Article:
A third case, Kinder Morgan Energy Partners v. Upstate Forever, still waits in the wings. The challenge stems from a gasoline pipeline leak in South Carolina.
Cases on the calendar
Electrical Industry and Irrigation Workers Union v. Financial Oversight and Management Board for Puerto Rico
The Supreme Court will kick off its second week of action with a case that probes the legality of appointments to the Puerto Rico Financial Oversight and Management Board.
A union for the Puerto Rico Electric Power Authority says a fiscal plan introduced by the board affected workers' benefits, including sick leave and health insurance. The labor group argued that the 2016 Puerto Rico Oversight, Management and Economic Stability Act improperly allowed the board's members to exercise significant authority without Senate scrutiny of their appointments to the panel.
The 1st U.S. Circuit Court of Appeals agreed with the union but stopped short of invalidating the board's actions out of concern for Puerto Rico's tenuous debt restructuring process and rebuilding in the aftermath of Hurricane Maria.
"The limits that the court puts on how agencies can be constructed will affect practical considerations an agency could have when it goes to take action," said Keller of Baker Botts.
Oral arguments are scheduled for Oct. 15.
Citgo Asphalt Refining Co. v. Frescati Shipping Co. Ltd.
A 2004 oil tanker spill in the Delaware River triggered a tussle over cleanup liability that will make its way to the nation's highest bench this fall.
The justices will consider whether Citgo should be financially responsible for a spill that occurred after Frescati Shipping's Athos I vessel hit an abandoned anchor and released 264,000 gallons of oil into a federally controlled section of the river. Citgo had chartered the ship to bring crude to its Paulsboro, N.J., asphalt refining facility.
Frescati and the government sued Citgo on the grounds that the voyage charter required the company to safely bring the ship to port. The 3rd U.S. Circuit Court of Appeals agreed.
Citgo said it was merely required to conduct due diligence and had no way to know the anchor was in the river.
Arguments take place Nov. 5.
Department of Homeland Security v. Regents of University of California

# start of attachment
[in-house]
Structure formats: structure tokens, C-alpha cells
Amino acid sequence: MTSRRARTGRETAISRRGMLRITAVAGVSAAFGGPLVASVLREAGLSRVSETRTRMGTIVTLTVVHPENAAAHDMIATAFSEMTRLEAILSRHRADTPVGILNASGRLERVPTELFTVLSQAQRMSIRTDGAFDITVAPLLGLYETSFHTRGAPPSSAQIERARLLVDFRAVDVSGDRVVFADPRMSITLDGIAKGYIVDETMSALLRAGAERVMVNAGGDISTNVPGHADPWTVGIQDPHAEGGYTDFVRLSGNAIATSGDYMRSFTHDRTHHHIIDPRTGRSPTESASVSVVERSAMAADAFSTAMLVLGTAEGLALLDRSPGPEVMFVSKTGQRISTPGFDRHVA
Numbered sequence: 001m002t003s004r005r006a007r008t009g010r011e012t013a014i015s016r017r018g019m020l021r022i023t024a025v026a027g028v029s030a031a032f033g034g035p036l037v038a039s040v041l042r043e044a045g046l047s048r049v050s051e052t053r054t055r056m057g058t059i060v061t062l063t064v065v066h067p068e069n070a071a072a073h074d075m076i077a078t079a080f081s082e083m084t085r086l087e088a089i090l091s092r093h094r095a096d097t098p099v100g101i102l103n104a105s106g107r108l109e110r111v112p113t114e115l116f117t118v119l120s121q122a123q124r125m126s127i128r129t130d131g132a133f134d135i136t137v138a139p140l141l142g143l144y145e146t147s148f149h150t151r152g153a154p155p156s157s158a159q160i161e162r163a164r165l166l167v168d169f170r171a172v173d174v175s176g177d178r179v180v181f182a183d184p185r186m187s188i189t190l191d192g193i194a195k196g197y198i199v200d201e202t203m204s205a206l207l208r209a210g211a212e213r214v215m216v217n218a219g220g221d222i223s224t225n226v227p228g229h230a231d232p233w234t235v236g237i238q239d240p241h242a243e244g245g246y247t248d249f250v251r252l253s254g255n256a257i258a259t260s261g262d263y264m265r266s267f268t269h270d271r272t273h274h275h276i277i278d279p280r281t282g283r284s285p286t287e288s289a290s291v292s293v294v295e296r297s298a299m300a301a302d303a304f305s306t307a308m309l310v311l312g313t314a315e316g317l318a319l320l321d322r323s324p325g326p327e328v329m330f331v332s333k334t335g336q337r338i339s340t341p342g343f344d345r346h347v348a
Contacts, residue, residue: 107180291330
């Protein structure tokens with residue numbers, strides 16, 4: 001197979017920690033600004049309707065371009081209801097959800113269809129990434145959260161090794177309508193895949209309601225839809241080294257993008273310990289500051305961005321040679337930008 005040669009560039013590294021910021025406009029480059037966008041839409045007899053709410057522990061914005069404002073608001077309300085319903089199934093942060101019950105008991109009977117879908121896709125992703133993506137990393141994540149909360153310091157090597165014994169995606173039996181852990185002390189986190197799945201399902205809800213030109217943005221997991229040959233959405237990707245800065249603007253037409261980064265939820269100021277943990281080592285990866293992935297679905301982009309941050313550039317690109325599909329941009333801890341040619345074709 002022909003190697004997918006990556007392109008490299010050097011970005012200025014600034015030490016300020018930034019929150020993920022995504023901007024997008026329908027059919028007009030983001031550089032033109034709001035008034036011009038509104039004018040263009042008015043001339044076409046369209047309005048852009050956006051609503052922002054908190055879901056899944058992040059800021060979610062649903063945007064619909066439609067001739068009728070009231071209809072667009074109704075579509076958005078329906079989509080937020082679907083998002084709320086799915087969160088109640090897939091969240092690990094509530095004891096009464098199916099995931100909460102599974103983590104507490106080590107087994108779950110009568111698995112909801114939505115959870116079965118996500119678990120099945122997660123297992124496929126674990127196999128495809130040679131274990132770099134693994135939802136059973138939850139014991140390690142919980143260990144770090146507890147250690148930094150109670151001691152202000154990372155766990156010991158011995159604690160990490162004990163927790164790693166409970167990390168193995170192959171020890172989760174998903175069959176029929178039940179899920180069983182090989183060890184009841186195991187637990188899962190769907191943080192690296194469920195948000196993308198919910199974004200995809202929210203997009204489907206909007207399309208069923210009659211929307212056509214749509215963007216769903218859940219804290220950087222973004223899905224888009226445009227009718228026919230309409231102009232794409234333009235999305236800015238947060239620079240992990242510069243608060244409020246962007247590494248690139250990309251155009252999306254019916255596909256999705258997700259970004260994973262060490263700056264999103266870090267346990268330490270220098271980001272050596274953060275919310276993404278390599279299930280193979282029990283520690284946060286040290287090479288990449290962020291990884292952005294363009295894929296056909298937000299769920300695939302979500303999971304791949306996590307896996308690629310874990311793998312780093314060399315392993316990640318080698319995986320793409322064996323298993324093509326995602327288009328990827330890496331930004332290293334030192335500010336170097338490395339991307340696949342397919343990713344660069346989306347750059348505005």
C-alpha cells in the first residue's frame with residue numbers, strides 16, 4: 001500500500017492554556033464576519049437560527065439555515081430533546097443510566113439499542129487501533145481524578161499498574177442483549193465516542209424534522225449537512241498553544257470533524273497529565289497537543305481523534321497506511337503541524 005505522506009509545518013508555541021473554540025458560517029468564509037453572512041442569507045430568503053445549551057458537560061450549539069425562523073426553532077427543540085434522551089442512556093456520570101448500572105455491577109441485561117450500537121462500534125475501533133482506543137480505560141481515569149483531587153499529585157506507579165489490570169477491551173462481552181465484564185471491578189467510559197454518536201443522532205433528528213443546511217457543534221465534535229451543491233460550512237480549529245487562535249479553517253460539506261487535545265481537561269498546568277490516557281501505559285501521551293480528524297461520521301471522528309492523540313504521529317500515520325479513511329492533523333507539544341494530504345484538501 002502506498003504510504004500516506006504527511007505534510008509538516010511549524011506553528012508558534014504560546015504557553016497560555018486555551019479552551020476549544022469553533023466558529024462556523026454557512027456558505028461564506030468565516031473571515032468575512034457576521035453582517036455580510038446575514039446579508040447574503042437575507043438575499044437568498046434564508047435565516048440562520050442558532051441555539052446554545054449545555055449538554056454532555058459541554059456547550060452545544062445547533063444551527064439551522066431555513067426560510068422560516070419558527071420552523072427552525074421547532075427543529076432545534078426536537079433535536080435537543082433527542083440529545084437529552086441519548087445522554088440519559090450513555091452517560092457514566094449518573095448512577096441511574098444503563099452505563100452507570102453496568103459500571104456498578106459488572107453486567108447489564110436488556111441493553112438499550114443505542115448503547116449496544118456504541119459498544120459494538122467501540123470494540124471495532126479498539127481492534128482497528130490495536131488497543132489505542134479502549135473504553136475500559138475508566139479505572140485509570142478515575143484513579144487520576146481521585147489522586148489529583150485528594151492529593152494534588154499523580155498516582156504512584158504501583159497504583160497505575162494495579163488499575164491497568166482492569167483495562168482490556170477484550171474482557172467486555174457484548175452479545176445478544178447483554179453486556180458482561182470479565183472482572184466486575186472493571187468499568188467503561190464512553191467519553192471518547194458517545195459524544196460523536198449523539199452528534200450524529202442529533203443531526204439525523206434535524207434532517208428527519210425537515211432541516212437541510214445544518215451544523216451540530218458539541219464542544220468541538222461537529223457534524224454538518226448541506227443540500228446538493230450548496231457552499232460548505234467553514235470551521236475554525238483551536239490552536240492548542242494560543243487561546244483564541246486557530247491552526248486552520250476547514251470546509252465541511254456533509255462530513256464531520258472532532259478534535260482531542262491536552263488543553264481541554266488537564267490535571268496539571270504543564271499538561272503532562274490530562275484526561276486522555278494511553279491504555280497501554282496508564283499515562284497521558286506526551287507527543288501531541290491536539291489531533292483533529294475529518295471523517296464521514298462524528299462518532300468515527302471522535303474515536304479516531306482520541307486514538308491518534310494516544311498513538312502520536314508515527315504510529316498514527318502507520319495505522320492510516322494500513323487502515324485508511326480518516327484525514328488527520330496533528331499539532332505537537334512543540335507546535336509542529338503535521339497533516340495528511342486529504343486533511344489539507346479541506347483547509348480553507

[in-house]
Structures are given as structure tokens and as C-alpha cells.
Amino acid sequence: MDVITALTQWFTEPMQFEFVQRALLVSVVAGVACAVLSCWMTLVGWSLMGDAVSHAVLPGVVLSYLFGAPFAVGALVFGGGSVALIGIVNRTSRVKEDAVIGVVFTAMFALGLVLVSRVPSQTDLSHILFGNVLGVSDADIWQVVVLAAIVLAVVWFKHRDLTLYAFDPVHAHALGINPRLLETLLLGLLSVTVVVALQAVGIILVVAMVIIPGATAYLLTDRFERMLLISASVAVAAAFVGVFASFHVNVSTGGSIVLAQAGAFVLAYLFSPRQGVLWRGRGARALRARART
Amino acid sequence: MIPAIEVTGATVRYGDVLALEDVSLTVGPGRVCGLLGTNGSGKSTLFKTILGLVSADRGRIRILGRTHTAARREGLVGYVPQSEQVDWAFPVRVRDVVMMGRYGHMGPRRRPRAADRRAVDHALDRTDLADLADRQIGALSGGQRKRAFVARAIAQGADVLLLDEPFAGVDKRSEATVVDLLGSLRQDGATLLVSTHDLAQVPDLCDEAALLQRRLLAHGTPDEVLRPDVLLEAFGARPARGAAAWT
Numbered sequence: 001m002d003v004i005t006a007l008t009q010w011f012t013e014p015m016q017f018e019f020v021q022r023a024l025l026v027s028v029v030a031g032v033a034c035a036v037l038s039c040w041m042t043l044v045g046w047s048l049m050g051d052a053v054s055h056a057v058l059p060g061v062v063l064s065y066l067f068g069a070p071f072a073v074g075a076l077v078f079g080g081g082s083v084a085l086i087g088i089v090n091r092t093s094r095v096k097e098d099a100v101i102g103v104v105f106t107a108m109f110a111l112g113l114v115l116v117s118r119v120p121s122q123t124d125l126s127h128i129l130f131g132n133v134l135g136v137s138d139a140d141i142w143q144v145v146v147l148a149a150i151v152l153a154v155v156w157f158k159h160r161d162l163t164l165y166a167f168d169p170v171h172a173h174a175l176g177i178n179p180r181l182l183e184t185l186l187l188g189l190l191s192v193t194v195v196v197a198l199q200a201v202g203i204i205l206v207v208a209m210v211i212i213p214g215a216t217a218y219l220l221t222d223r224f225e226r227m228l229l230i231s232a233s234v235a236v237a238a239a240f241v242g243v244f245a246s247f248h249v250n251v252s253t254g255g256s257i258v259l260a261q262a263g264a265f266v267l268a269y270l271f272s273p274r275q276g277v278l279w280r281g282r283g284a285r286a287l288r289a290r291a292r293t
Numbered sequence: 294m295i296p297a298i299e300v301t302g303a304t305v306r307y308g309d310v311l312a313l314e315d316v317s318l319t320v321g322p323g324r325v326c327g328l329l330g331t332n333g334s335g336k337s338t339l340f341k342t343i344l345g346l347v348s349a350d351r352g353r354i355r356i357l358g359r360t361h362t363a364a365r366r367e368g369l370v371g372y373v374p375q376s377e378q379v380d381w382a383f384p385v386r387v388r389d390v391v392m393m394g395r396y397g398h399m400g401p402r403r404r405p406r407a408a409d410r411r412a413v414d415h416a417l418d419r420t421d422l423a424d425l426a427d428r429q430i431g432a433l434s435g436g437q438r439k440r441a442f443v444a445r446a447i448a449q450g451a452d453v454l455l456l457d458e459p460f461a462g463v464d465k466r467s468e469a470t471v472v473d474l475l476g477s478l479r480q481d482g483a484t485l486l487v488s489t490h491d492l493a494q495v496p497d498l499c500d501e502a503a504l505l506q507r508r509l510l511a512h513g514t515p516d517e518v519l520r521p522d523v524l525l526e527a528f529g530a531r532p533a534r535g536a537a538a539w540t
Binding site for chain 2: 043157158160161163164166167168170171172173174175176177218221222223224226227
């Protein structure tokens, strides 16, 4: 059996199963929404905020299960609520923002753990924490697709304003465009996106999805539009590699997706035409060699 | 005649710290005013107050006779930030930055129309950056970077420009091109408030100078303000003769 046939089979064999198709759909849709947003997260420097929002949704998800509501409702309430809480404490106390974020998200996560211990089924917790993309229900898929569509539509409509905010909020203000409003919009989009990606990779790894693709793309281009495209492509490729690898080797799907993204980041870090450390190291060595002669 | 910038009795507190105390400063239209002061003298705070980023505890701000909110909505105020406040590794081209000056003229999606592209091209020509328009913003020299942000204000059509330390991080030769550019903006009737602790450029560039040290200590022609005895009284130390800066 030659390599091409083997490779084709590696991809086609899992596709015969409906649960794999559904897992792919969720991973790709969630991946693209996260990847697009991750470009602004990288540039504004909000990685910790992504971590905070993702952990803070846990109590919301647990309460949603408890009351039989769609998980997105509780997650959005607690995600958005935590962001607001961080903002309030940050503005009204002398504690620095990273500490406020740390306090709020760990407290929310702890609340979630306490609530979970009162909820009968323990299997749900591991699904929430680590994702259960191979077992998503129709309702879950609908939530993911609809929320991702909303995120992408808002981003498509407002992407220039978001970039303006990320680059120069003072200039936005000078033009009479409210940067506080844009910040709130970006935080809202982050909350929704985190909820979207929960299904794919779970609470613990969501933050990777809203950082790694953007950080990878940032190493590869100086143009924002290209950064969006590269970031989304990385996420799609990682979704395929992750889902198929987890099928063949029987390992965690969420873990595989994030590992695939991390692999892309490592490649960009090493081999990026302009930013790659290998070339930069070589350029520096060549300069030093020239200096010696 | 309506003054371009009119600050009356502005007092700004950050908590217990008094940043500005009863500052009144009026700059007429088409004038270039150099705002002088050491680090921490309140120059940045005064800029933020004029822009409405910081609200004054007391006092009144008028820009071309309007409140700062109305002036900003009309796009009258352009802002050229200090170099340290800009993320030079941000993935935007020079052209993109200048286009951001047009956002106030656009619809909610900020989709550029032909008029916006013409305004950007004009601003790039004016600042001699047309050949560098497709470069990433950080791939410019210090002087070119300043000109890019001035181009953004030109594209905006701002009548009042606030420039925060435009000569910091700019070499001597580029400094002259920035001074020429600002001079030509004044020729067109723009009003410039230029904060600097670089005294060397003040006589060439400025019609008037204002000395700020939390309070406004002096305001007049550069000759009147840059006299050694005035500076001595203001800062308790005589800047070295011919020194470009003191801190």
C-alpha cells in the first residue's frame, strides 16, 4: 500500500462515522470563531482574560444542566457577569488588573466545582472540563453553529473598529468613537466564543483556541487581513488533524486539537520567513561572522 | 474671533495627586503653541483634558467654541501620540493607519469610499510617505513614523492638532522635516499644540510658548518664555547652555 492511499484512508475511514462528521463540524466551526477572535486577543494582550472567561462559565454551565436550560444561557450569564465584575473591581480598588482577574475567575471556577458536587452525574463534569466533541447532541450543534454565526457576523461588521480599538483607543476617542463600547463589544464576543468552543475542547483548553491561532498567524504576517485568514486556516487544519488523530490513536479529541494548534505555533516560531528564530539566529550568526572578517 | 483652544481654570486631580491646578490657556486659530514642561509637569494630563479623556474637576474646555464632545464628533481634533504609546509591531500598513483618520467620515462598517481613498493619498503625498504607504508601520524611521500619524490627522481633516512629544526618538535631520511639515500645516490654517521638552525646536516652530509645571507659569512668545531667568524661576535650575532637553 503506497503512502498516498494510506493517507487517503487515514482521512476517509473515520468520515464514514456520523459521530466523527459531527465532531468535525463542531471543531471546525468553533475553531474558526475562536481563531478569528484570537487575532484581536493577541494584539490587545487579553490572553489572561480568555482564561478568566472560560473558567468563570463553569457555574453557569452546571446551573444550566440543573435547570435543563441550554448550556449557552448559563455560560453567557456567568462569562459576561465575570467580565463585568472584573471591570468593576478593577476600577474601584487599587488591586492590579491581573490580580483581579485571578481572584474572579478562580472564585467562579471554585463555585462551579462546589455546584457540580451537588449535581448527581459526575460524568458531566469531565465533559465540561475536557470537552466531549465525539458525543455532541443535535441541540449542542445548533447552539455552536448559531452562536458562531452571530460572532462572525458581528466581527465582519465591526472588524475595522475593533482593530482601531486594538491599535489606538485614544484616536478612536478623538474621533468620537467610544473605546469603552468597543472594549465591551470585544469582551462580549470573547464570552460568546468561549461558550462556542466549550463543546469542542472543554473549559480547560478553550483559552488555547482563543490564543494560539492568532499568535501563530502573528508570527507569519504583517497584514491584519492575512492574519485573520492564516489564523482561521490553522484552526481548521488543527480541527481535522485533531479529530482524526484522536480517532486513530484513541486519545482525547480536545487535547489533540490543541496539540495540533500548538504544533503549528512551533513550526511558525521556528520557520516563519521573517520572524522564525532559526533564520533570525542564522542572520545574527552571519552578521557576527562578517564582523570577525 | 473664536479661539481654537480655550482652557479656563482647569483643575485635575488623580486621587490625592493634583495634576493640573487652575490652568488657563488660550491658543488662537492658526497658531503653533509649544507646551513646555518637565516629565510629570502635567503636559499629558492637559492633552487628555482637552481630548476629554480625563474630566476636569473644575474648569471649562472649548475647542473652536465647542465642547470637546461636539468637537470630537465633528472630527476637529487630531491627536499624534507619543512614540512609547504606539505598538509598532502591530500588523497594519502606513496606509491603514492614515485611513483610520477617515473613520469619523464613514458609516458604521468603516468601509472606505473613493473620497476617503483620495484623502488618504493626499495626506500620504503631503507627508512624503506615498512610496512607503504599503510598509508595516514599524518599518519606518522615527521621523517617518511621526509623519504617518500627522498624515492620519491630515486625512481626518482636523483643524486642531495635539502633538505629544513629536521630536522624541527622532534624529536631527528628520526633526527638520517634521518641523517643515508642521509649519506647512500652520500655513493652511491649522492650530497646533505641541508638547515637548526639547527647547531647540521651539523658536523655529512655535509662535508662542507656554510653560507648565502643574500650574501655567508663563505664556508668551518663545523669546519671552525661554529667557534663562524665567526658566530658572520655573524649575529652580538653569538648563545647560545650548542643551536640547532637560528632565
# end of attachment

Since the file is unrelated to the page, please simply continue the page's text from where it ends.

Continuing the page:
A battle over the Department of Homeland Security's decision to walk back the Obama-era Deferred Action for Childhood Arrivals program will have ripple effects for environmental law.
Parties in the case want the justices to weigh in on the legality of the department's move to wind down the DACA policy. In other words: Does the government's decision to scrap a non-rulemaking program trigger a rulemaking process under the Administrative Procedure Act?
Litigants often invoke the statute in challenges of efforts by EPA, the Interior Department and other agencies to craft or rescind environmental regulations.
Arguments are scheduled for Nov. 12.
Atlantic Richfield Co. v. Christian
Superfund experts expect the outcome of a dispute over cleanup of a Montana copper production site to have major ramifications for environmental cleanups nationwide.
Landowners within the 300-square-mile cleanup area around Atlantic Richfield's Anaconda Smelter called on state courts to require the company to carry out work beyond what is required under EPA's plan. Atlantic Richfield, a subsidiary of BP PLC, escalated the dispute to the Supreme Court.
CERCLA experts say the case could encourage attempts by landowners to second-guess federal solutions to environmental contamination and could leave companies reluctant to agree to EPA cleanup plans in the future.
The court will hear oral arguments Dec. 3.
Sharp v. Murphy
Did the 1999 murder of Muscogee (Creek) Nation member George Jacobs in eastern Oklahoma occur on state or tribal land?